I wrote to you in my letter not to associate with sexually immoral people— not at all meaning the sexually immoral of this world, or the greedy and swindlers, or idolaters, since then you would need to go out of the world. But now I am writing to you not to associate with anyone who bears the name of brother if he is guilty of sexual immorality or greed, or is an idolater, reviler, drunkard, or swindler—not even to eat with such a one. For what have I to do with judging outsiders? Is it not those inside the church whom you are to judge? God judges those outside. “Purge the evil person from among you.“1 Corinthians 5:9–13
In order for a church to obey this command, they need to have a clear understanding of who is “outside” and who is “inside.” It would be wrong to discipline an “outsider,” and it would be equally as wrong to not discipline an “insider.”
I know that those words “insider” and “outsider” can make us cringe. So please understand: this does not mean a church will be unfriendly. A church should be incredibly friendly and hospitable to outsiders. But the long-term health of a church depends on its ability to discern between who is an outsider and who is not.
And so a church needs a process in order to tell the difference between those who might happen to attend on a Sunday, and those who are actually members of the New Covenant—who have actually been born again, who personally know the Lord, and thus who should be included in the church’s decisions and discipline.
At EBC, we call that process “church membership.” That’s the process we’ve agreed upon together, in which we examine candidates to discern their profession of faith in the Lord, acknowledge their commitment to us, and invite them to participate as a decision-maker in this local New Covenant community called Emmanuel Baptist Church.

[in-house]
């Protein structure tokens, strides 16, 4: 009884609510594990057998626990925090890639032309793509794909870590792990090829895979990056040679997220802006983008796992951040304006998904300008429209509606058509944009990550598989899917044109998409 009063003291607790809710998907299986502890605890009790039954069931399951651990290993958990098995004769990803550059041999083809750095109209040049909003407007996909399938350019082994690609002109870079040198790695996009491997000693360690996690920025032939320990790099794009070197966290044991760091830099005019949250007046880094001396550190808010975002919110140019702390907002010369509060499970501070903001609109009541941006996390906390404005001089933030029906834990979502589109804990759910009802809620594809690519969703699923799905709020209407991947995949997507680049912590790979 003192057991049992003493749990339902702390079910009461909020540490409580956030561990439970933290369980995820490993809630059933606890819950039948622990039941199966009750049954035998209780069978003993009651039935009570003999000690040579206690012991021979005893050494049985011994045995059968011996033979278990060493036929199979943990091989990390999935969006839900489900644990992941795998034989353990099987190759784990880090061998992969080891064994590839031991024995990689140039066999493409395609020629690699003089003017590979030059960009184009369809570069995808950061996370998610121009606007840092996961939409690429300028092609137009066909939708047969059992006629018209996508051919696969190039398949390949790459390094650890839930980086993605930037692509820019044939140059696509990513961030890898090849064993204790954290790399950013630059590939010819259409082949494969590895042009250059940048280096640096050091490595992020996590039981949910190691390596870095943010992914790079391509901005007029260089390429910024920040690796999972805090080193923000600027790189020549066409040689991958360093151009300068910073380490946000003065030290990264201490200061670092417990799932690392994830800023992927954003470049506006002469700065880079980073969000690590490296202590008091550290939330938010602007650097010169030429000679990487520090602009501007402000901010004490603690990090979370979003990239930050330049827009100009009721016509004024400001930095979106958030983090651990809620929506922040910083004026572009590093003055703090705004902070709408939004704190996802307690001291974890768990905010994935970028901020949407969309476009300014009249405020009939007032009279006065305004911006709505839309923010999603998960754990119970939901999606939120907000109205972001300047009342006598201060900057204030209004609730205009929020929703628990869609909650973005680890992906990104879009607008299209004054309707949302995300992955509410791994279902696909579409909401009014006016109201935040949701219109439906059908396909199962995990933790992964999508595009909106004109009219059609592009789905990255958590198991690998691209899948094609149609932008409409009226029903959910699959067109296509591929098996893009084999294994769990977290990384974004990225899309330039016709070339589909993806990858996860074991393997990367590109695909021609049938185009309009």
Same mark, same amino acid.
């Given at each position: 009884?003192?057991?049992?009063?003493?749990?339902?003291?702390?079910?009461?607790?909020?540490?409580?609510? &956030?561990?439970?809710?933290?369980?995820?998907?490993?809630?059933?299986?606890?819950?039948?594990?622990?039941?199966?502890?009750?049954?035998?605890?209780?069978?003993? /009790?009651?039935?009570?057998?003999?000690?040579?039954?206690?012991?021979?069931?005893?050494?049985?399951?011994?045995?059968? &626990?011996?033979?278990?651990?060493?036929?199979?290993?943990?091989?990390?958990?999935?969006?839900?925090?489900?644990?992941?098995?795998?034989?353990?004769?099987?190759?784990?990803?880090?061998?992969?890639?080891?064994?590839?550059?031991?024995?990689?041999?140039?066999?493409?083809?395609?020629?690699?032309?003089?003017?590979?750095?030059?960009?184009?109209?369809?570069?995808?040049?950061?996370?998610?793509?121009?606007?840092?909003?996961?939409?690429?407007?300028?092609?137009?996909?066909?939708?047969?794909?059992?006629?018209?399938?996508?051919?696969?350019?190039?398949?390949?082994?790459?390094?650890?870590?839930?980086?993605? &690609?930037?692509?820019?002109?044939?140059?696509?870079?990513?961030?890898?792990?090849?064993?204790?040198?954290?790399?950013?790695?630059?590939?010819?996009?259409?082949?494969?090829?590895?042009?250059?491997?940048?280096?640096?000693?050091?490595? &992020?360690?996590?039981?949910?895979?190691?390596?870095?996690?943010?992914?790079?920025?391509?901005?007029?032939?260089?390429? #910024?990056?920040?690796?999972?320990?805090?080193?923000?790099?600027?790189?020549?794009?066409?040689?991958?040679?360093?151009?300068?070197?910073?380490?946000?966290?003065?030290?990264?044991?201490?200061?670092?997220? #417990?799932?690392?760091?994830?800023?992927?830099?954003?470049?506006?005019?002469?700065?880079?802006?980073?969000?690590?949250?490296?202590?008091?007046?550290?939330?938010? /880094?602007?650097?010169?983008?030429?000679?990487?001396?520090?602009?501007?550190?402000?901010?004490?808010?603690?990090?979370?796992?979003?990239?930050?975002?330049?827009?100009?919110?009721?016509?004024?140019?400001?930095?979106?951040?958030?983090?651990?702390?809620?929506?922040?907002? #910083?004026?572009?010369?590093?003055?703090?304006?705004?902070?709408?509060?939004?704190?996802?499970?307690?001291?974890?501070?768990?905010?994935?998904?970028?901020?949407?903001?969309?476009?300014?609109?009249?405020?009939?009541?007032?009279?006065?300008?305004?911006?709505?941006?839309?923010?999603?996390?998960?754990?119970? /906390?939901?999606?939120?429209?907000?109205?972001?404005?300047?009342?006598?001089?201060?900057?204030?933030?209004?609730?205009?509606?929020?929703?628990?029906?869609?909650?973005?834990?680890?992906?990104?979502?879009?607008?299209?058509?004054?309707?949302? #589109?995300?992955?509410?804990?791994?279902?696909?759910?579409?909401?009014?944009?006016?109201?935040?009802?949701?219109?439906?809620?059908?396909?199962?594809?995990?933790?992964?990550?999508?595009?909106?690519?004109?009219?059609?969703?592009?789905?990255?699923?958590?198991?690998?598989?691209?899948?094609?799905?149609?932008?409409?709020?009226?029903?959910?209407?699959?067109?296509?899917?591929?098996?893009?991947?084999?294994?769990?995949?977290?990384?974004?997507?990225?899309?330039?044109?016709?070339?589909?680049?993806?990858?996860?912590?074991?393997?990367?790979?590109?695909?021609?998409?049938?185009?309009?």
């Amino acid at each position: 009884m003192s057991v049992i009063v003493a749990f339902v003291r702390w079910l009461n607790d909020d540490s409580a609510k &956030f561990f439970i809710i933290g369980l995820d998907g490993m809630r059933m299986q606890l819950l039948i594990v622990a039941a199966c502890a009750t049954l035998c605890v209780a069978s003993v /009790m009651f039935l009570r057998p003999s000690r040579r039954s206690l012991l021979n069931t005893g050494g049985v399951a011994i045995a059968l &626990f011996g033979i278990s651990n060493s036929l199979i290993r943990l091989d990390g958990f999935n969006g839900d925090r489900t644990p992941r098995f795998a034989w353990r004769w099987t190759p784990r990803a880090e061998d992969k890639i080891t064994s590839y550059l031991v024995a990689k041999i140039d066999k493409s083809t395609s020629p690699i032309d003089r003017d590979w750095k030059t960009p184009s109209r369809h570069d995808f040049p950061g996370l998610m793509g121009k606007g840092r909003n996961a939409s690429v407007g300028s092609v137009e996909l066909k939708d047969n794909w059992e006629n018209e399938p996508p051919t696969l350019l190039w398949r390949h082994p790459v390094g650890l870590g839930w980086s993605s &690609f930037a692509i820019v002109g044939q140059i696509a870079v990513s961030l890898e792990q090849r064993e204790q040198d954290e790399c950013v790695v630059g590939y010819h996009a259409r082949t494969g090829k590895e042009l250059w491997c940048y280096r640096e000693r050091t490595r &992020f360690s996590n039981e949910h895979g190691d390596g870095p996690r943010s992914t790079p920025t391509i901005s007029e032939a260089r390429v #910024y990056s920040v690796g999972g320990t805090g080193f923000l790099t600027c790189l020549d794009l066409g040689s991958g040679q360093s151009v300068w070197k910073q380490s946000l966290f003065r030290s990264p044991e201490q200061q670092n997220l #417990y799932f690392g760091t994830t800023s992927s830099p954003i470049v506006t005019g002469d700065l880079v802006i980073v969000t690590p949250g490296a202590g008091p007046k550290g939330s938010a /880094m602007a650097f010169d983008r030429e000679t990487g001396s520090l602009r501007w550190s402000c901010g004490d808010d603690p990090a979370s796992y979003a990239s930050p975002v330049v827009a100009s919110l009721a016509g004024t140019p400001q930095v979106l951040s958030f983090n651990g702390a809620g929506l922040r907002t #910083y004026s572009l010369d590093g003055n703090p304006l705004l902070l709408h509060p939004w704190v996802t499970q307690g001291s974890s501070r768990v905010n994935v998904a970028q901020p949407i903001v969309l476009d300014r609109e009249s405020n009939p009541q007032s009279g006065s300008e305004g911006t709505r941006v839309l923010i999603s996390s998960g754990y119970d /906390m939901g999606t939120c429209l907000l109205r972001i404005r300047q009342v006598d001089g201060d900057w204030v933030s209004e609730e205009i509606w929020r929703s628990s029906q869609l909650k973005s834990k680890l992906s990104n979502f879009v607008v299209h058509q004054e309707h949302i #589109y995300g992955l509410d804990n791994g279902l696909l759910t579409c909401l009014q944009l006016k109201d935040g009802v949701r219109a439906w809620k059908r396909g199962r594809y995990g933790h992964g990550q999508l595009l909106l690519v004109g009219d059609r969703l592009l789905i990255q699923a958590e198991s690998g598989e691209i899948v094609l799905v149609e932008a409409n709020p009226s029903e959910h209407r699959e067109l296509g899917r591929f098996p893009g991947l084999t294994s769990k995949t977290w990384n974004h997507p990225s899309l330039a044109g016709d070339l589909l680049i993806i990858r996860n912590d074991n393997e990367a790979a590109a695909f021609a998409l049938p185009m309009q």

See, church membership isn’t all about politics or having different “tiers” of Christianity. Church membership is about the New Covenant. Becoming a member is about standing and being counted as someone who knows the Lord and who has decided to join this particular congregation.
I often get a question at this point. It goes something like, “What about people who have been born again, have been baptized, and are—in some sense—committed to our local church, but they haven’t become members? Where do they stand?” My answer? “If that’s all true of them, then they should be a member. I’ll get them an application today!”
I hope you can hear my heart on this. When I talk about how important membership is, I’m not trying to exclude people. It’s the opposite: we need church membership because we are (hopefully) welcoming and attracting many unbelievers, who gather with us out of their desire to learn more about this Jesus whose love has transformed our lives and community.
And I’m certainly not trying to exclude those among us who are believers but are not yet members. Again, it’s the opposite: I’m trying to encourage us to get to the place where if someone is a baptized disciple of Jesus, if they’ve decided that EBC is going to be their church, and if they don’t have any issues with our doctrine, then they just become a member. It’s just the most normal and natural thing for them to do.
If you’re reading this, and that’s you—you’ve been saved by Jesus, and you’ve decided this is your church—then I encourage you to stand and be counted. Send me an email (my address is below) and I’ll get you a membership application today.